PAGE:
10 6 Ott Tanak/Raigo Mölder (Ford Fiesta RS WRC)


Championship positions…

1 Ogier 238 points; 2 Latvala 180; 3 Mikkelsen 154; 4 Østberg 110; 5 Meeke 94; 6 Neuville 90.


Leading WRC2 runners:

33 Eyvind Brynildsen/Anders Fredriksson (Škoda Fabia R50

34 Quentin Giordano/Valentin Sarreaud (DS 3 R5)

38 Yurii Protasov/Pavlo Cherepin (Ford Fiesta RRC)

39 Abdulaziz Al-Kuwari/Marshall Clarke (Ford Fiesta RRC)

43 Eric Camilli/Benjamin Veillas (Ford Fiesta R5)

45 Craig Breen/Scott Martin (Peugeot 208 T16)

46 Tom Cave/Craig Parry (Ford Fiesta R5)

71 Fredrik Ahlin/Morten Abrahamsen (Ford Fiesta R5)

WRC2 positions…

1 Al-Attiyah* 112 points; 2 Protasov 90; 3 Lappi 88; 4 Tidemand 86; 5 Al-Kuwari 76; 6 Ketomaa 67

Scoring from 6 of their first 7 registered rallies

*Crowned champion on previous round, Rally de España


Leading Junior WRC runners (all driving DS 3 R3-Max):

52 Simone Tempestini/Matteo Chiarcossi

53 Ole Christian Veiby/Anders Jaeger

55 Mohammed Al Mutawaa/Stephen McAuley

58 Terry Folb/Franck Le Floch

60 Quentin Gilbert/Renaud Jamoul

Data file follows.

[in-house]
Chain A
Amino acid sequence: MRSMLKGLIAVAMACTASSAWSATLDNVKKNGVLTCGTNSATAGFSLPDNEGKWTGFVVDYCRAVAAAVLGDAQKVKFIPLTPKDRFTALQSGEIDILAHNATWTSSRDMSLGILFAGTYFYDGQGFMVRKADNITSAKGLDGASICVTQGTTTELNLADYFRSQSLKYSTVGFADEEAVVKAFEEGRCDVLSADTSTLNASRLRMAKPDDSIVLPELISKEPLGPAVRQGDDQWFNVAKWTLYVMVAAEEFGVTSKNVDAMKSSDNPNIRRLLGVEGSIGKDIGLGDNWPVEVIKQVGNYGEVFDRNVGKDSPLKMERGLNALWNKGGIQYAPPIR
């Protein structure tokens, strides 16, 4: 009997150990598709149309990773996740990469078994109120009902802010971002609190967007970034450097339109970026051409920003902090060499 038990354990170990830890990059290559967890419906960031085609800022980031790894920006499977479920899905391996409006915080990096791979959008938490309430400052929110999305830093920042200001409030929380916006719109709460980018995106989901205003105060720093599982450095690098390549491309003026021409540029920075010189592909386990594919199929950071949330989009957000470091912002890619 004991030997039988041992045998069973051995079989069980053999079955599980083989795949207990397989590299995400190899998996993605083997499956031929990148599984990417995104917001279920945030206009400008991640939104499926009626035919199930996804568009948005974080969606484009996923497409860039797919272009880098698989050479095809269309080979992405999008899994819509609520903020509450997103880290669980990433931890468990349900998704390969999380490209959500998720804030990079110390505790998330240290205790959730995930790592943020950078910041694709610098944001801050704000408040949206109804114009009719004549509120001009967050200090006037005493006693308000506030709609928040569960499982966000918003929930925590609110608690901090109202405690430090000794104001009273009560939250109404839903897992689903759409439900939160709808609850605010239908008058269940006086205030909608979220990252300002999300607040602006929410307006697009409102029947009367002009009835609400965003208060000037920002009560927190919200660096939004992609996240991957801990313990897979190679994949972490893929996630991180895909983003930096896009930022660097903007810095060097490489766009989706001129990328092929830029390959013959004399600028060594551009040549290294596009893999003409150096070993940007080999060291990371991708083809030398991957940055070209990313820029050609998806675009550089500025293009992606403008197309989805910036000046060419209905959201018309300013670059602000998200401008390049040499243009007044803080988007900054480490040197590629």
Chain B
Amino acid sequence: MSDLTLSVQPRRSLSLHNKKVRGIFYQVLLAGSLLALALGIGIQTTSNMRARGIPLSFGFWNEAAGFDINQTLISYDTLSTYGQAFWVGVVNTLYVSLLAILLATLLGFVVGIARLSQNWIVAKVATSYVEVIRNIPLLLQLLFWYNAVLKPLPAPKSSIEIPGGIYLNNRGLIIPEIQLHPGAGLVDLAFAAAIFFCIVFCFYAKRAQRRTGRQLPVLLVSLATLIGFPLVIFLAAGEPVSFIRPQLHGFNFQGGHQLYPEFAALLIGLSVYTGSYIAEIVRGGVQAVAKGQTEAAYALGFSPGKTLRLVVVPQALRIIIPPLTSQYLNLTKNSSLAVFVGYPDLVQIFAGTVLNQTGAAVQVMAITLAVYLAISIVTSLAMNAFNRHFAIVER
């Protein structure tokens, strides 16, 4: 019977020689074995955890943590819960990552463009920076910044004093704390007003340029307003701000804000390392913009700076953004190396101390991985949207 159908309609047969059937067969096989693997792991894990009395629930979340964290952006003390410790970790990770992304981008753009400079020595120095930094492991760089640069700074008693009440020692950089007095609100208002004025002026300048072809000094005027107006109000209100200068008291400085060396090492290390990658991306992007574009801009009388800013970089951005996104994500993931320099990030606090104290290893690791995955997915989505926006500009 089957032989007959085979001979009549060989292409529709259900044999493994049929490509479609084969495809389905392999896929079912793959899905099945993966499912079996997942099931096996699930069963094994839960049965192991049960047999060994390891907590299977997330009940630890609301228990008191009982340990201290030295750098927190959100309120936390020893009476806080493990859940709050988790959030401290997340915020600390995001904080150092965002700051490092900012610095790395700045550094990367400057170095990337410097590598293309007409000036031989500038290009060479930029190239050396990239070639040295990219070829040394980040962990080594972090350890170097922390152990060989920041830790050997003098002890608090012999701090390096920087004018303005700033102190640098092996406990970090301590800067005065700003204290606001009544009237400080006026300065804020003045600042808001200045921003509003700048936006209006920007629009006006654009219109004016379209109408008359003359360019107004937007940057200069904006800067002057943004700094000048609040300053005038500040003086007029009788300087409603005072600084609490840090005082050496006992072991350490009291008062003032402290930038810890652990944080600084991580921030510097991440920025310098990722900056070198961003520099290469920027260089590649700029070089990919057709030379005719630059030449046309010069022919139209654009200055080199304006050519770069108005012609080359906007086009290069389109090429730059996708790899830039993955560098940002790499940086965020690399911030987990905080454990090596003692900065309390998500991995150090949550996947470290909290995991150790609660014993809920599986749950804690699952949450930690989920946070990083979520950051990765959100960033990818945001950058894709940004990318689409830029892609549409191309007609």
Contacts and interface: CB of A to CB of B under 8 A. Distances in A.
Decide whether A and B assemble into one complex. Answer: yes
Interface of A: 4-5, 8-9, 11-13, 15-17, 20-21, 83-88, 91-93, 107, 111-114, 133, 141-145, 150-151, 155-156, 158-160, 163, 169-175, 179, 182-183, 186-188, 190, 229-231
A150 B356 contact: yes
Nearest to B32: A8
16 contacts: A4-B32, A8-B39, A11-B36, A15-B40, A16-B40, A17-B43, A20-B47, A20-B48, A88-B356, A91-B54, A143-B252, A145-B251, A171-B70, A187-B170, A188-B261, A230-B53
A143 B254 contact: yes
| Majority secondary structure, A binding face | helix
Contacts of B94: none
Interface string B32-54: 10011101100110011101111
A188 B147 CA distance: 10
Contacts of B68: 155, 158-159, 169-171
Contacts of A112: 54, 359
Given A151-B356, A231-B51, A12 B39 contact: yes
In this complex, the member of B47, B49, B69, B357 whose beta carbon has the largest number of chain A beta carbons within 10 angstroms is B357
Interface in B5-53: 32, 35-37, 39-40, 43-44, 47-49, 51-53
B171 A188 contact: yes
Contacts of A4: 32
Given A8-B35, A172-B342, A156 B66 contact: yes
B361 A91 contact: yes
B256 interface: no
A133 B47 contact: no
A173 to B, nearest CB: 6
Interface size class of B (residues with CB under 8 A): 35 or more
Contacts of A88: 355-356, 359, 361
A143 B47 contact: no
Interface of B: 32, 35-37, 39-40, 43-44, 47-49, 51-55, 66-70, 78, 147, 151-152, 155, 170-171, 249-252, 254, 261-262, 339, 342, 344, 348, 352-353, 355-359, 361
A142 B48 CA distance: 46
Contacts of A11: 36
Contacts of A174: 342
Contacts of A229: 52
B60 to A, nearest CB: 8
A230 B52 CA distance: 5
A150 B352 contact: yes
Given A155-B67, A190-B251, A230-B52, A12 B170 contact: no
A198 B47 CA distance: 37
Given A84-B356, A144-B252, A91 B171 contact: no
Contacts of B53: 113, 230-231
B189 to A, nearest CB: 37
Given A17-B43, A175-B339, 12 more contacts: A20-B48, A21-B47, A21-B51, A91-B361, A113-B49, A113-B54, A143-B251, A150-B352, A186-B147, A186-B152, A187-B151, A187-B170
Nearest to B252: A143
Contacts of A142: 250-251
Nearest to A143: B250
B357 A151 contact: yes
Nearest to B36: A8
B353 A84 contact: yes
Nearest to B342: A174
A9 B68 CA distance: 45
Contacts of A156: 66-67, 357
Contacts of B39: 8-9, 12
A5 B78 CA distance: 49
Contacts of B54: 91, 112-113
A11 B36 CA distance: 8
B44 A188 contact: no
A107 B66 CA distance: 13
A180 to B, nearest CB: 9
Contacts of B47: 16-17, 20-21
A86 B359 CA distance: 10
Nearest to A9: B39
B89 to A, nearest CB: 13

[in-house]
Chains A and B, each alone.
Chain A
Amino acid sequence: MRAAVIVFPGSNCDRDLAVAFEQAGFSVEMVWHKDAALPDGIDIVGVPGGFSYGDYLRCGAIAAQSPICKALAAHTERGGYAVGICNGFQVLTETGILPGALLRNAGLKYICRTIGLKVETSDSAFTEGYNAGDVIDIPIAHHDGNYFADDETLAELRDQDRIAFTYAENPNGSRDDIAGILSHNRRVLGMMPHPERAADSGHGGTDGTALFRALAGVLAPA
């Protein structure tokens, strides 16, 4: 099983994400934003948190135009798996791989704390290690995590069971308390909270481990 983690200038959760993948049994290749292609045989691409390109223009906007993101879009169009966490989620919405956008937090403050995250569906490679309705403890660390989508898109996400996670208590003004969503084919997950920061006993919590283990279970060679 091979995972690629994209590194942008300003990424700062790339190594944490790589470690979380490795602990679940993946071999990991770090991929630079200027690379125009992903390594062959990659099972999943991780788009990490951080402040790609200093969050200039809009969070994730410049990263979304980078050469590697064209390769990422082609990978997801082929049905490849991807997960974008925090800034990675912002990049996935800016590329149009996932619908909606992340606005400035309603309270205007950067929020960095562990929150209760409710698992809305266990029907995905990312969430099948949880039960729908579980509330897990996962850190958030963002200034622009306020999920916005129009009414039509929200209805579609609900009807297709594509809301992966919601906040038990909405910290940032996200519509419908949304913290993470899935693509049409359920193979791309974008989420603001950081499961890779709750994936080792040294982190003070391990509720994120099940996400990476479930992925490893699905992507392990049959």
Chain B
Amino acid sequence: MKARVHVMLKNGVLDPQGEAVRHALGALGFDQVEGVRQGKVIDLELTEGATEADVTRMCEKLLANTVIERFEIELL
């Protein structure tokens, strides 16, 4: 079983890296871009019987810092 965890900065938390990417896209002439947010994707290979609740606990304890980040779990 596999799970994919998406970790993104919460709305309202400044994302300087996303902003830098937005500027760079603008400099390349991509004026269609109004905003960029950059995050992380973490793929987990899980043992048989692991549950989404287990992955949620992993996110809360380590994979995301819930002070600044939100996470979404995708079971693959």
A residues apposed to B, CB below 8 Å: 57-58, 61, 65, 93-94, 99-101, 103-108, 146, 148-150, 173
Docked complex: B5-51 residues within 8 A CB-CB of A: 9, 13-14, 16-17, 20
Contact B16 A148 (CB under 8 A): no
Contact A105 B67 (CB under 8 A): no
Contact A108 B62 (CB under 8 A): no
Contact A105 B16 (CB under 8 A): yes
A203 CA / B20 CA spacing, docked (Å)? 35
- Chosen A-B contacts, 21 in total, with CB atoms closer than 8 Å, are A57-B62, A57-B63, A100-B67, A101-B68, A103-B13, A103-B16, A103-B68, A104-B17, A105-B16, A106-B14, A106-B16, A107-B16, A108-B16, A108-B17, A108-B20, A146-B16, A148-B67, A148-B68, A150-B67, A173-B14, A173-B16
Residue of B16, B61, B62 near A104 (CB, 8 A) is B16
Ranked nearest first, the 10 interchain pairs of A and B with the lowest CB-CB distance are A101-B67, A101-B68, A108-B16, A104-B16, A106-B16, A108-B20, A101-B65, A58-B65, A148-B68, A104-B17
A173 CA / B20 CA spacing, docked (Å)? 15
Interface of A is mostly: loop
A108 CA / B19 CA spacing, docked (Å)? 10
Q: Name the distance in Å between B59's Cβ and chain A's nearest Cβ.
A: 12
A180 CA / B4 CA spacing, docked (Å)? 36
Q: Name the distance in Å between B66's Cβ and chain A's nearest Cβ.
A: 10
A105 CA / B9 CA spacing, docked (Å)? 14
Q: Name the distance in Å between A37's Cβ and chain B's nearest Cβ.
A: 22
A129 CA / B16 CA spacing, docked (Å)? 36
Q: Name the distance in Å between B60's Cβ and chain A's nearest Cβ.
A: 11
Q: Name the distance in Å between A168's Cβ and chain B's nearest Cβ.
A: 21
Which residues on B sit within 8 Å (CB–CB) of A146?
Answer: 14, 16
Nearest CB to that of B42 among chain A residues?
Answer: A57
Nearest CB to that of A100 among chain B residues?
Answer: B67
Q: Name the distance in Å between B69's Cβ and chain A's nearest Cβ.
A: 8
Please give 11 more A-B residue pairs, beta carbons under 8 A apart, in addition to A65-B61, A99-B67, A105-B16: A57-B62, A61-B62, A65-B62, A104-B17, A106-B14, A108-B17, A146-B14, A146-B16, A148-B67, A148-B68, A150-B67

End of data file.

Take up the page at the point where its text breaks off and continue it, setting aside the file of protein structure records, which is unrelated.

65 Pierre-Louis Loubet/Vincent Landais

67 Dean Rafferty/Arthur Kierans

78 Chris Ingram/Gabin Moreau

Junior WRC positions…

1 Gilbert* 131pts; 2 Tempestini 62; 3 Veiby 58; 4 Henri Haapamaki 48; 5 Folb 48; 6 Jean-Rene Perry 32.

Best score on 6 from 7 rallies

*Crowned champion on previous round, Rally de España


Leading WRC3 runners:

52 Simone Tempestini/Matteo Chiarcossi (DS 3 R3-Max)

53 Ole Christian Veiby/Anders Jaeger (DS 3 R3-Max)

55 Mohammed Al Mutawaa/Stephen McAuley (DS 3 R3-Max)

58 Terry Folb/Franck Le Floch (DS 3 R3-Max)

60 Quentin Gilbert/Renaud Jamoul (DS 3 R3-Max)

65 Pierre-Louis Loubet/Vincent Landais (DS 3 R3-Max)

67 Dean Rafferty/Arthur Kierans (DS 3 R3-Max)

69 Damiano De Tommaso/Massimiliano Bosi (Peugeot 208 R2)

78 Chris Ingram/Gabin Moreau (DS 3 R3-Max)

80 Fabio Andolfi/Simone Scattolin (Peugeot 208 R2)

WRC3 positions…

1 Gilbert 100pts; 2 Tempestini 81; 3 Andre Crugnola 70; 4 Veiby 67; 5 Henri Haapamaki 48; 6 Andolfi 41.

Scoring from 6 of their first 7 registered rallies


Tunnock’s key stage:

Aberhirnant 2 (SS15 19.80km – 12.30 miles).

The dark second running of the test close to Bala lake will be a real challenge to the crews, coming at the end of one of the longest days of the season. The super-quick section in the middle of this one will really sort the men from the boys – and show who’s been eating their carrots.


Weather with you:

Sunshine and cloud on Thursday before what looks like being a fairly damp event. We’re not expecting torrential rain, but the sun’s not likely to be the most frequent of visitors either. Temperatures fluctuating between seven and 12 degrees.